What have been the benefits of the Single Market for the UK? This is the fundamental question facing negotiators, commentators and interested observers of Brexit, and has never been answered convincingly.

The opinions of former Prime Ministers, both Labour and Conservative, are worth little since none of them ever asked any government department to monitor and measure the benefits. Nor of course can we accept the confident claims of Tim Farron, and Nicola Sturgeon since they haven’t collected any evidence either. And surprisingly, we cannot even believe the views of the CBI and other trade federations, for though we might expect them to have measured for their members, none have done so.  

The opinions of former Prime Ministers, both Labour and Conservative, are worth little since none of them ever asked any government department to monitor and measure the benefits. 

We are compelled therefore to look for the answer for ourselves in the major world databases of the OECD, UNComtrade, the IMF, the WTO, UNCTAD, the ITC and the World Bank. The results of my own searches are presented in a new Civitas report It’s Quite OK to Walk Away, published last week. It paid particular attention to the growth of UK exports, since they, above all else, were expected to benefit from membership of the Single Market. Those who want the UK to remain in the Single Market assume that they have done so.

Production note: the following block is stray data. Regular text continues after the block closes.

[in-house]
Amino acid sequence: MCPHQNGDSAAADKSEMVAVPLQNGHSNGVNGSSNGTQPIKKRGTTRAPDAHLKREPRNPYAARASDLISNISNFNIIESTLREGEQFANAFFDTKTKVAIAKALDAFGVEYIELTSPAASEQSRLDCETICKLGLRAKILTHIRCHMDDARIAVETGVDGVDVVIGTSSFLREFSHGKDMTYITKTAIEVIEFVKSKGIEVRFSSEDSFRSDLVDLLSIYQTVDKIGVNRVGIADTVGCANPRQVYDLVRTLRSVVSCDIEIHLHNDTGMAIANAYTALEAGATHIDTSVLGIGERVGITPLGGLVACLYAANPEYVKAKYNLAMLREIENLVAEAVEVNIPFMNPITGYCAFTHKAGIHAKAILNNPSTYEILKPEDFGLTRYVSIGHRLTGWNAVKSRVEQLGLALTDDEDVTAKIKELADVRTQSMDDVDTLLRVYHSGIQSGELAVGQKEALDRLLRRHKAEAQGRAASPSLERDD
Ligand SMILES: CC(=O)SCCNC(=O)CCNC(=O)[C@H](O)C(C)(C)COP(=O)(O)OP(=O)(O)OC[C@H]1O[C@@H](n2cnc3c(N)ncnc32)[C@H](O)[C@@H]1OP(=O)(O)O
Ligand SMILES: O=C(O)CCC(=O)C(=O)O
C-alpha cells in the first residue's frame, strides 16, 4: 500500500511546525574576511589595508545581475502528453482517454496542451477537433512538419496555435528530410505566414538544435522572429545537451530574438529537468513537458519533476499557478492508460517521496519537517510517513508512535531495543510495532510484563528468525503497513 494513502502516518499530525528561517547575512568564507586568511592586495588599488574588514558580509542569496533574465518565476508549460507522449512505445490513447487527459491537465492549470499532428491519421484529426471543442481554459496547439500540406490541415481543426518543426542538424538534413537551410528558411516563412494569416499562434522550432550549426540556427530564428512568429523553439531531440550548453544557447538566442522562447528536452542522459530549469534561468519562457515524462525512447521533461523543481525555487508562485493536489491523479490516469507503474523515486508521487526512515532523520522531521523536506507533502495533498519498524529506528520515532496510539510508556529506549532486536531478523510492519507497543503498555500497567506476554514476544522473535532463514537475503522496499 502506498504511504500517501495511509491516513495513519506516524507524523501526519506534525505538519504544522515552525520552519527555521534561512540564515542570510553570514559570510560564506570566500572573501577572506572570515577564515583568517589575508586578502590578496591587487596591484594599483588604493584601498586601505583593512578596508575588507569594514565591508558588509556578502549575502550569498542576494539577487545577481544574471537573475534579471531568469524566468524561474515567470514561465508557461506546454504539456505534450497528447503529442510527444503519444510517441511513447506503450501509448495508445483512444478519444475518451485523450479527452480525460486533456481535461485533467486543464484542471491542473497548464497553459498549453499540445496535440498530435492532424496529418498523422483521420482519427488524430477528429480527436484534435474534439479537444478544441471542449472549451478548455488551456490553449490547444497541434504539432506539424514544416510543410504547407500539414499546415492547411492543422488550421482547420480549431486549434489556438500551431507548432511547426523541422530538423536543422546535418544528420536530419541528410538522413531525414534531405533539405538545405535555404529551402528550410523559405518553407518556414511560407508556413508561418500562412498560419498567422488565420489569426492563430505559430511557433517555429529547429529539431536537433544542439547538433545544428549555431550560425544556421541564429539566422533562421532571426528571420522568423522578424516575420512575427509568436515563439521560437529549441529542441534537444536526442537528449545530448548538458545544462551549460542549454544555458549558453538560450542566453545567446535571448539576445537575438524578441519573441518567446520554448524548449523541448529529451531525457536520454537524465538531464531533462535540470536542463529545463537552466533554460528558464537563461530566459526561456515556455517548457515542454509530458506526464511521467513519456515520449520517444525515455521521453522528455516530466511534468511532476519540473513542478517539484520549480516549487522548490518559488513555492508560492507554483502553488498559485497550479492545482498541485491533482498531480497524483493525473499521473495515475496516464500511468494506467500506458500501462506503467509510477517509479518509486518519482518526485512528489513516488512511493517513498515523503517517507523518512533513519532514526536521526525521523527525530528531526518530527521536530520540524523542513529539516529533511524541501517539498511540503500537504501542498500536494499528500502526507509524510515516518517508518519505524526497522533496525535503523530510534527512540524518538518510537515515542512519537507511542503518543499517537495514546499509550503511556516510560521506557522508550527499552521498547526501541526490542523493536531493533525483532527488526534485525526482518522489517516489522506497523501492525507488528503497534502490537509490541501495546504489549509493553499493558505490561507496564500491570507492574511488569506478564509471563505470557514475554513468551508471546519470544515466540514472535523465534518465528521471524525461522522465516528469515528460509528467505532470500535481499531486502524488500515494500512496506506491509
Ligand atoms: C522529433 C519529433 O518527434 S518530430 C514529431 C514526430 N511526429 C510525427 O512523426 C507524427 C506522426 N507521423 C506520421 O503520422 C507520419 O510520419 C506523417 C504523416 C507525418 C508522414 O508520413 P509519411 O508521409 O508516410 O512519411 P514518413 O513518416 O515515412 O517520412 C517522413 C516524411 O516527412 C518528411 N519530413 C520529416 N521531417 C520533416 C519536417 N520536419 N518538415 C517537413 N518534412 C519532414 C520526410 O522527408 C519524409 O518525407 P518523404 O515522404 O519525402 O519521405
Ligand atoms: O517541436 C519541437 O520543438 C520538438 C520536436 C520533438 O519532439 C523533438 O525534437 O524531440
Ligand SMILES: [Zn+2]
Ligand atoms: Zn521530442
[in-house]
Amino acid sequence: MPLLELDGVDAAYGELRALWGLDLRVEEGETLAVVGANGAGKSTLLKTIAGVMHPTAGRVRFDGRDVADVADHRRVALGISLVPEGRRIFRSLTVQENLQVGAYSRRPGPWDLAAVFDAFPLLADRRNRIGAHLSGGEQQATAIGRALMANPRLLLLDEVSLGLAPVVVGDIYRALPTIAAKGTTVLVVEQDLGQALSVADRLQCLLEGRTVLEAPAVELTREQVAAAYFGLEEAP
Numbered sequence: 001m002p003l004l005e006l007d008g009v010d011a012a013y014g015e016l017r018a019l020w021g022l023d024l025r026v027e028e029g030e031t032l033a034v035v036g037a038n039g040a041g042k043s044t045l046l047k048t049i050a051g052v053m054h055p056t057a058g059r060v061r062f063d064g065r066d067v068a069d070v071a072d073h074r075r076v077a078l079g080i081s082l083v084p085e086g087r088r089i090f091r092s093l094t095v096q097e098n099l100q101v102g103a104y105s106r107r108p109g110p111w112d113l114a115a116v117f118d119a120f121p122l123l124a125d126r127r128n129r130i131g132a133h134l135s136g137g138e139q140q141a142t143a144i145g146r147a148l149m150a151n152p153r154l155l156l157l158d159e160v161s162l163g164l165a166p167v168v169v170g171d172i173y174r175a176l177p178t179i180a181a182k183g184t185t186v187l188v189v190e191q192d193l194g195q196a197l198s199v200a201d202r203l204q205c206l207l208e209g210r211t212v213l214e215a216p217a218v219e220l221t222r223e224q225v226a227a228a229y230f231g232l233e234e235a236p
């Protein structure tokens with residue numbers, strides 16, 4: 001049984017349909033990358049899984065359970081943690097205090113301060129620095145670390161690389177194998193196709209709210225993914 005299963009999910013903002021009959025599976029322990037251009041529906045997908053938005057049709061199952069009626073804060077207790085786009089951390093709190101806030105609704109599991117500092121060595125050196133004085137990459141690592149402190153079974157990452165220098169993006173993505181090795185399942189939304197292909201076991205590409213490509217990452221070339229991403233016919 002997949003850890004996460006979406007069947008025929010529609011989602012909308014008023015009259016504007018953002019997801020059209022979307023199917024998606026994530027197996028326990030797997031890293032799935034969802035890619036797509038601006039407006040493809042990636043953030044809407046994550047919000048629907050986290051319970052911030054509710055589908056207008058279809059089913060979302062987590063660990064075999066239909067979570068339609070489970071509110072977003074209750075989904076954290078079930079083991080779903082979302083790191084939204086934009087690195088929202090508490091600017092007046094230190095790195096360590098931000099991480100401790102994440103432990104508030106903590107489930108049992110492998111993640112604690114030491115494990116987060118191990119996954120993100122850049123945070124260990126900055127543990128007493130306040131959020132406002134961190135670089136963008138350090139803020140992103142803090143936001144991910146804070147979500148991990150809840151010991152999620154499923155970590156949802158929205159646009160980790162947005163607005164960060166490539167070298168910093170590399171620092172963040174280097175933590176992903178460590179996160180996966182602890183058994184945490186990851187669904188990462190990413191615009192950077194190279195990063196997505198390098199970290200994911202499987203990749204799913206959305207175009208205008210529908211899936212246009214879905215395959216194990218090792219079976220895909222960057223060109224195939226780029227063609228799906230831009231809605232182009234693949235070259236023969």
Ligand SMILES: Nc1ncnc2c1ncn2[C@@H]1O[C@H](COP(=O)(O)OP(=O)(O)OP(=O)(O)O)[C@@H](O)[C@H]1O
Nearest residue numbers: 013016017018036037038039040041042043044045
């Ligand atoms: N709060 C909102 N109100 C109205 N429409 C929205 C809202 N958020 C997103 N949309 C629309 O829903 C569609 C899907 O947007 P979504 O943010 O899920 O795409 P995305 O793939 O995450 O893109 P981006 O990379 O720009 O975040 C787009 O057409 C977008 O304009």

They haven’t.  The goods exports to the EU 12 of 14 larger countries (excluding China) trading under WTO rules over the years 1993-2015 have grown at a compound annual growth rate of 1.93%, almost twice as fast as the 1% rate as those of the UK. The Single Market has been era of very slow growth of UK exports to other members, due in part perhaps to the failings of UK exporters, but their exports to the rest of the world, mainly under WTO rules, grew at a rate of 2.9% or nearly three times as fast.

The goods exports to the EU 12 of 14 larger countries (excluding China) trading under WTO rules over the years 1993-2015 have grown at a compound annual growth rate of 1.93%, almost twice as fast as the 1% rate as those of the UK.

Much the same is true of services. Over the years 2004-2012, the most recent years for which we can get a matched comparison, the exports of 27 non-members grew at an annual rate of 3.7% which is faster than that of 27 members exporting to each other which was only 3.2%. Over the years 2000-2014, UK services exports to the rest of the world grew twice as much, twice as fast and ended more than three times larger than those to fellow EU members.  

Data on productivity growth and the impact of EU’s world-wide trade agreements, also show that the benefits of Single Market membership have, over many years, been vastly exaggerated in the UK.

If an EU-UK free trade agreement is not agreed, and the UK decides to walk away, the experience of numerous exporters from non-member countries shows that trading with the EU under WTO rules is no great disadvantage, and is not incompatible with high rate of growth of exports. It is also, of course, free of charge and unwelcome political constraints.